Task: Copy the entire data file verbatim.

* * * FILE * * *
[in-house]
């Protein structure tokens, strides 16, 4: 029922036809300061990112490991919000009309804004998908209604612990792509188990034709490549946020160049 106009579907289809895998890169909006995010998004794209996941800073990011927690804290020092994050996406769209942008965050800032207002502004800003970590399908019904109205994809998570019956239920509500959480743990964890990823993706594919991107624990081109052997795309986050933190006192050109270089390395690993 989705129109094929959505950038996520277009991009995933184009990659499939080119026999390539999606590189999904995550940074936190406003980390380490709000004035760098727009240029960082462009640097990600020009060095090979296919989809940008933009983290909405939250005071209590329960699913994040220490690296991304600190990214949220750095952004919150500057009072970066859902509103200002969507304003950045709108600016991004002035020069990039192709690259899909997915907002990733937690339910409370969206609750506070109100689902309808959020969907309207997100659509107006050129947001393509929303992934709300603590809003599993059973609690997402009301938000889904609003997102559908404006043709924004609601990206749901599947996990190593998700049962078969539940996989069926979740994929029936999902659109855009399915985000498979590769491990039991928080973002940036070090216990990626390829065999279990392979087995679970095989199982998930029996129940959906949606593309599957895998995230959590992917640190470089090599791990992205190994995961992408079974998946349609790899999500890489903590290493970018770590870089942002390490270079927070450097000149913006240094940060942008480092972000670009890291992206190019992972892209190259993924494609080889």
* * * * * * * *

[in-house]
């Protein structure tokens, strides 16, 4: 029922036809300061990112490991919000009309804004998908209604612990792509188990034709490549946020160049 106009579907289809895998890169909006995010998004794209996941800073990011927690804290020092994050996406769209942008965050800032207002502004800003970590399908019904109205994809998570019956239920509500959480743990964890990823993706594919991107624990081109052997795309986050933190006192050109270089390395690993 989705129109094929959505950038996520277009991009995933184009990659499939080119026999390539999606590189999904995550940074936190406003980390380490709000004035760098727009240029960082462009640097990600020009060095090979296919989809940008933009983290909405939250005071209590329960699913994040220490690296991304600190990214949220750095952004919150500057009072970066859902509103200002969507304003950045709108600016991004002035020069990039192709690259899909997915907002990733937690339910409370969206609750506070109100689902309808959020969907309207997100659509107006050129947001393509929303992934709300603590809003599993059973609690997402009301938000889904609003997102559908404006043709924004609601990206749901599947996990190593998700049962078969539940996989069926979740994929029936999902659109855009399915985000498979590769491990039991928080973002940036070090216990990626390829065999279990392979087995679970095989199982998930029996129940959906949606593309599957895998995230959590992917640190470089090599791990992205190994995961992408079974998946349609790899999500890489903590290493970018770590870089942002390490270079927070450097000149913006240094940060942008480092972000670009890291992206190019992972892209190259993924494609080889």